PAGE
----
George Harrison was grateful to Eric Clapton for giving him the boost he needed to get back on the road


In 1991, George Harrison, his longtime friend, Eric Clapton, and Clapton’s band embarked on a 12-show tour of Japan. Although it took a bit of convincing on Clapton’s part to get George to do it. George never liked touring, especially when he was a Beatle and even more so after his disastrous 1974 solo tour in America.

The “Taxman” singer reluctantly agreed to the Japanese tour only because he needed to get out of a rut. Also, touring with Clapton’s band was easier than finding and forming a band. In the end, George was grateful to Clapton for giving him the boost he needed to get back on the road.

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Why George Harrison agreed to a 12-show Japanese tour with Eric Clapton

George loved playing with a band, so his only regret was not touring more in his career. However, every time he thought about hitting the road again, he realized how exhausting it was to form a band, rehearse and constantly travel. That’s why touring with Clapton and his band was so inviting.

However, Clapton still had work to convince. In 1992, George told the Chicago Tribune that his longtime friend admitted that many people had asked about him. This embarrassed George. He had been in a rut.

George said: “He had been everywhere – Latin America, Australia, the Far East – a year or two ago, and he would tell me that people were always asking him, ‘Where is George? What’s going on? Why doesn’t he do anything?

“Then in London, while filming Clapton’s ’24 Nights’ album at the Royal Albert Hall, I saw him for a bit and he said, ‘Listen, we’re not doing anything after that, and if you want, you could use my group and I would come with you, and it would be easy for you.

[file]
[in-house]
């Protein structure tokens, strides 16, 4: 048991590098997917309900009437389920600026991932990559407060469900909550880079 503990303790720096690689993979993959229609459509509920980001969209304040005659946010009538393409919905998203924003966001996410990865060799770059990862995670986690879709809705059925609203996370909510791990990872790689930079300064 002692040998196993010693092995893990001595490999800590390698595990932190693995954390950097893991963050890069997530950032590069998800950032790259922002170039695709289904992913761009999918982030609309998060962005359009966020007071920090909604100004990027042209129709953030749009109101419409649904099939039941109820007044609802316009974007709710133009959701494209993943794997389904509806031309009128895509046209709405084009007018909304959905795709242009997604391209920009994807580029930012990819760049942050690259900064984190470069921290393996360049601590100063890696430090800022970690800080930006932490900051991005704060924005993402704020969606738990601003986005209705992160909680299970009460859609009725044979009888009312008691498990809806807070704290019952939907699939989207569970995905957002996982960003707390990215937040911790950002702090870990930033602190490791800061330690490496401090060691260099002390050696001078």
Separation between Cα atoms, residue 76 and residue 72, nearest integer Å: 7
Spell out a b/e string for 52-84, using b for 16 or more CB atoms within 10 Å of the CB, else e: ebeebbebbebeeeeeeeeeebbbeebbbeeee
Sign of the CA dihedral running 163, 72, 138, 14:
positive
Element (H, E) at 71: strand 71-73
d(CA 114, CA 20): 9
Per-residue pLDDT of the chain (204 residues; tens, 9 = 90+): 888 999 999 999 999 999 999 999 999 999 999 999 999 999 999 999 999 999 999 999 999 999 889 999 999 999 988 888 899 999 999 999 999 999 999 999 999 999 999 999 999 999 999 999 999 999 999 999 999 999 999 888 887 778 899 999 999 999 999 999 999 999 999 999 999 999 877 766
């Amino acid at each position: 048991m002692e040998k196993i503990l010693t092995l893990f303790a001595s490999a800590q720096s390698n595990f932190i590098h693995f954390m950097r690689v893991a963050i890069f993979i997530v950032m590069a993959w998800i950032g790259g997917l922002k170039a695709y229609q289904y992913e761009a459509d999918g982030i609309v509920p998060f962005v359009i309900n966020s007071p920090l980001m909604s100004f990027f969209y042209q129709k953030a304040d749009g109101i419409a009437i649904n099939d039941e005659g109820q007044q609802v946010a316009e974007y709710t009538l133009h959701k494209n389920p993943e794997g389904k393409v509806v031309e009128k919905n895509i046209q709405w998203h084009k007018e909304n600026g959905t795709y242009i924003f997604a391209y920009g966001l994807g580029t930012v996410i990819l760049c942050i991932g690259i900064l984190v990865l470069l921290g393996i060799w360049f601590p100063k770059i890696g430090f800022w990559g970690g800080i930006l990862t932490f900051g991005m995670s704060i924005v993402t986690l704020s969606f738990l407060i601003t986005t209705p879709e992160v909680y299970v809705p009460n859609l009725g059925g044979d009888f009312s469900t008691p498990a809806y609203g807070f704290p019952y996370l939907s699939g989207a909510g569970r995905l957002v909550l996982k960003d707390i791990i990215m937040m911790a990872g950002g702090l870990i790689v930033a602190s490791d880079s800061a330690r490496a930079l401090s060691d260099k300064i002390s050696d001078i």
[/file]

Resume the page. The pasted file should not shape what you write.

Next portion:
George reluctantly accepted his friend’s offer, and it all paid off.

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George was grateful to Clapton for giving him the boost he needed

During a 1992 interview with Scott Muni on WNEW-FM (per George Harrison on George Harrison: interviews and encounters), George explained that he had agreed to the tour because if he hadn’t, Clapton would have become busy and the opportunity would have disappeared.

He and Clapton’s Japanese tour was better than they expected. “Well, it was a lot easier, I can tell you,” George said.

George told Rockline that playing for the Japanese was easier than playing for anyone else, including “unfriendly” Americans. The tour was perfect for George in every aspect. He was grateful to Clapton for pushing him to do it. He had constantly struggled with the idea over the years.

“Well, I think, you know, if Eric’s band had been available after this new year, the start of the new year, I probably would have gone straight ahead with this situation, but it was always presented to me like a situation that was just for, like, November-December, when Eric was free,” he said.

“After that, he said…[audio skips around briefly]– been on the tour this year, so it would have been perfect for me to continue. But after having that break, I’m now going back to the old kind of, you know, forgetting what it’s like to be on the road.

“I’m not particularly…you know, I’m not brilliant at taking care of my career. I’m not very careerist, you know? And touring is something that I can take it or leave it, and I think I need that push. If I was in a group it would be easier, but I need to be pushed, and that’s why I thanked Eric for getting me this far.

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The former Beatle enjoyed the tour

George loved his tour with Clapton and his band. His older songs sounded new and he finally got to play some of his new stuff too.

“After three or four nights of gigs, my ego was satisfied,” George told the Chicago Tribune. “I’m the type of person who would love to play whenever he wants, with a band, and that might as well be the Holiday Inn in Nebraska. Somewhere where no one knows you and you’re in a group situation just playing music.

The tour proved beneficial for both George and Clapton. The former Beatle came out of his rut ​​and found his stamina was still in good shape. Clapton kept busy after the death of his son, Conor. It might have been George’s last tour, but at least it was a near-perfect finale.

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